Working for the U.S. Geological Survey I get to measure time for a living. The technical term for a geologic timekeeper is a geochronologist. Have you ever wondered, as you drove down a mountain road, what the age of the rocks are as they passed by your windshield? Strange as it seems, I always wonder about this, and as a geochronologist, I get to actually answer this question because — I date rocks.
My boyhood home was in Niagara Falls, NY. There's a pretty famous waterfall there, and I've seen it thousands of times. As you stand next to Niagara Falls, you hear the thunderous roar of cascading water hurtling over the brink and you are covered in fine, cool mist. Looking to the north, you can see the deep gorge that the river has gouged over time. It was in these moments of awe, next to the mighty Niagara, that I started to wonder about geologic time. On visit after visit I thought to myself, "How old are the rocks here? How long did the river take to carve this gorge? Why are there marine fossils in the limestone and sandstone of the Niagara gorge, when there isn't an ocean nearby?"
I am not alone in needing answers to scientific questions. Many years before I was born, a far more inquisitive and adventurous soul was born in Mt. Morris, NY, just 60 miles as a crow flies from Niagara Falls. This person was John Wesley Powell. Powell's early years were filled with various river trips throughout the Midwest, attending multiple colleges, and feeding a restless nature and a deep interest in the natural sciences. After serving in the Union Army through the Civil War, he turned his attention to the scientific discovery of the American west.
On May 24, 1869, 150 years ago, Powell and his team started their expedition down the Green and Colorado Rivers. As each mile floated by, Powell was filled with questions, and undoubtedly, many of them revolved around a sense of time. How long would the trip take? How old are these rocks? How long did the river take to carve the labyrinth of these magnificent sandstone canyons? To be sure, he had far more questions than he had answers. Powell may not have been able to answer his many questions, but he had the vision to know that over time, those following in the wake of his boats down those same khaki colored rivers, would solve his queries, and at the same time, develop many more questions of their own.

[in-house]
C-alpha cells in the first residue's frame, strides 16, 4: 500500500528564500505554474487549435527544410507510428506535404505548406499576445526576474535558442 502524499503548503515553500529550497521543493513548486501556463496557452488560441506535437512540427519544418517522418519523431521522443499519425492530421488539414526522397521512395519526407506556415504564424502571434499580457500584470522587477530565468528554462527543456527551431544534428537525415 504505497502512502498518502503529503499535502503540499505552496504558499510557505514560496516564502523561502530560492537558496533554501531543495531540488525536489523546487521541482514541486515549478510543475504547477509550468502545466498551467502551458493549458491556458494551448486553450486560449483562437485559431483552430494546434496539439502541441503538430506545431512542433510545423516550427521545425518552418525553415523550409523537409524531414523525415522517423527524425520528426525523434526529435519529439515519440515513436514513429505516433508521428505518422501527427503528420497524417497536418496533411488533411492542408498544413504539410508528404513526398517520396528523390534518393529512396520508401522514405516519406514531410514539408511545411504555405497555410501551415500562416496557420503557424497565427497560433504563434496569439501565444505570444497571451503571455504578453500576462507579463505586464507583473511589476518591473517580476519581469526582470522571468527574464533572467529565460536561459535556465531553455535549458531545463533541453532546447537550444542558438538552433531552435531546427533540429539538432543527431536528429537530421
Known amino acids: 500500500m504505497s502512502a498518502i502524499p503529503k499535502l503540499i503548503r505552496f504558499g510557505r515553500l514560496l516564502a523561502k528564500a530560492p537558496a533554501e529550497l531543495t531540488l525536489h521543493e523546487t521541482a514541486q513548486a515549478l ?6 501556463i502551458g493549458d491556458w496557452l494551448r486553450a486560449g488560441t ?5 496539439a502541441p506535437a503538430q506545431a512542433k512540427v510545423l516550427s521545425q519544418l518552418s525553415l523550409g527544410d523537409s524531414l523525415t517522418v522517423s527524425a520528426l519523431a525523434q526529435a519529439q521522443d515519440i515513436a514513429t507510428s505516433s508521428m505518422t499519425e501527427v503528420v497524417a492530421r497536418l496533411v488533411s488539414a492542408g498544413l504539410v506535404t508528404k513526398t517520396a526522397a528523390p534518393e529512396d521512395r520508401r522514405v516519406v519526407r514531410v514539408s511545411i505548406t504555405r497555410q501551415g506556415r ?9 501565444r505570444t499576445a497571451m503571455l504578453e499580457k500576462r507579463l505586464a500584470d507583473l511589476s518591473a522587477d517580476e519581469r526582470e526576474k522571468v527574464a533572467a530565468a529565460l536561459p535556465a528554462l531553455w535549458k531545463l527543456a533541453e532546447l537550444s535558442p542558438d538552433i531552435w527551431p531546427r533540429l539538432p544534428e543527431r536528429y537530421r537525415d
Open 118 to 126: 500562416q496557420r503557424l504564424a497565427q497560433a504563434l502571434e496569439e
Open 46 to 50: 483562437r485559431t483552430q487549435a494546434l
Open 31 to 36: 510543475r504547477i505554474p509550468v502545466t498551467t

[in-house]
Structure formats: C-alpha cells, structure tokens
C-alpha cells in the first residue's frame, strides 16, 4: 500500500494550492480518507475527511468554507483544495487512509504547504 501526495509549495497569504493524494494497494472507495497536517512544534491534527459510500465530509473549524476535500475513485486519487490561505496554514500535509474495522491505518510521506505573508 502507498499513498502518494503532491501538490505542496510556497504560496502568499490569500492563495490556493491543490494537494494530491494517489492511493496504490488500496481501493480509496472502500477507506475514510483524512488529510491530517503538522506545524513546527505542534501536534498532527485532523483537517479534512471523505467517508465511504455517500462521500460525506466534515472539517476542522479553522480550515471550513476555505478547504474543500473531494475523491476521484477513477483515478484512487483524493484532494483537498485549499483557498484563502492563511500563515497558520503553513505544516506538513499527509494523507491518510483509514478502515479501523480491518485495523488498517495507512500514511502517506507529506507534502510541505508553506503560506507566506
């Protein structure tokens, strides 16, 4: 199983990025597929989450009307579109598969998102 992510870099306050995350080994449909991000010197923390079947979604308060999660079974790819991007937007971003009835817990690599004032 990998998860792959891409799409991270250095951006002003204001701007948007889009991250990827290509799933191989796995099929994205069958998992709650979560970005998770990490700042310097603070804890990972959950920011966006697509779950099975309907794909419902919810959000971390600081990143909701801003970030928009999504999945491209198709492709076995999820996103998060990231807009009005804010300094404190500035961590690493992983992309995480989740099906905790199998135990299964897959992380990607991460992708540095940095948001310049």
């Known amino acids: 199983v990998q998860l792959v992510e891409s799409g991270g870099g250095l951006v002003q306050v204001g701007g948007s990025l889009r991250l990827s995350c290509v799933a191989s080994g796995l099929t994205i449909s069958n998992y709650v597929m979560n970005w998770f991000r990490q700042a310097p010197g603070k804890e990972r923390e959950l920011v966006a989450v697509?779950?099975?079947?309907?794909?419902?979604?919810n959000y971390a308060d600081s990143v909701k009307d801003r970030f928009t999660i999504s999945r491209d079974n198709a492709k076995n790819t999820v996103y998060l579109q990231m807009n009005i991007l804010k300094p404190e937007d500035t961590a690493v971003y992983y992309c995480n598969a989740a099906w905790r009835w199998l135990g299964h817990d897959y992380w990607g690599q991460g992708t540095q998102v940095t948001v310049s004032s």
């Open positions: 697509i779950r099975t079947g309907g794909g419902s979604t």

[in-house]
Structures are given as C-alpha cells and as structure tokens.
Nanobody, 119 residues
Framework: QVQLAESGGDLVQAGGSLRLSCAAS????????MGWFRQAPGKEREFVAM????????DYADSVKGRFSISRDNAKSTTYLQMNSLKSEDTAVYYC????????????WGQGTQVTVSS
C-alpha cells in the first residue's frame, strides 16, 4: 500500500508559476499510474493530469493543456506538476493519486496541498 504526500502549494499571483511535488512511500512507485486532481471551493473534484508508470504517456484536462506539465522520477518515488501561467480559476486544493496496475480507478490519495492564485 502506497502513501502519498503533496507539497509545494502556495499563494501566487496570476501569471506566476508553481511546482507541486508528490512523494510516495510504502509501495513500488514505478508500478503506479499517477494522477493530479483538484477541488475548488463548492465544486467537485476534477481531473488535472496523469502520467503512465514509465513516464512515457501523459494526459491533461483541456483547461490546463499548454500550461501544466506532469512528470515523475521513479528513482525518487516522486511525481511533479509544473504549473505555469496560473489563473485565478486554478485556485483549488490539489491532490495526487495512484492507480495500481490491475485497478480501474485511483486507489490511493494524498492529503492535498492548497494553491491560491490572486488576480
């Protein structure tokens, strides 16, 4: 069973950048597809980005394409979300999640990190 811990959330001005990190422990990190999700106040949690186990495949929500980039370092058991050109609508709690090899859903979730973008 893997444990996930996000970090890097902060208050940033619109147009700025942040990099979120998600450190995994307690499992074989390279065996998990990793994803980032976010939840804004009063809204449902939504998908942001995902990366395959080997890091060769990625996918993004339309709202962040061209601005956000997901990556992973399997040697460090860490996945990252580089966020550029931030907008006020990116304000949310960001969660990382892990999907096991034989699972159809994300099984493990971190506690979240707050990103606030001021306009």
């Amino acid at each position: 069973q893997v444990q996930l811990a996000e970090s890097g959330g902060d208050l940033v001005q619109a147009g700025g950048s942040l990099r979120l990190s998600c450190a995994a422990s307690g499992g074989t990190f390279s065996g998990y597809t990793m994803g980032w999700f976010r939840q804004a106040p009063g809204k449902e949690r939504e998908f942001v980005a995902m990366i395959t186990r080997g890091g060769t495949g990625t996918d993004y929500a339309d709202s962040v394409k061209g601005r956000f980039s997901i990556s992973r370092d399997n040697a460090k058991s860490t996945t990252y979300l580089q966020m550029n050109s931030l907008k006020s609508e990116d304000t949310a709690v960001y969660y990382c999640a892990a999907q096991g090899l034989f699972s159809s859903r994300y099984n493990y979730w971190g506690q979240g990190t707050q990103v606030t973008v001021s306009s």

That's what science is. Asking far more questions than can be answered. John Wesley Powell was a pivotal cornerstone (pun intended) in the early direction of the USGS as its second Director. For two weeks on the Colorado River, I will get the humbling opportunity to experience the same camaraderie, emotions, excitement, and wonderment that Powell and his men did 150 years ago. I will think about time, about Powell's time, my place in time, the vastness of geologic time, and just as Powell probably did, when is dinner time?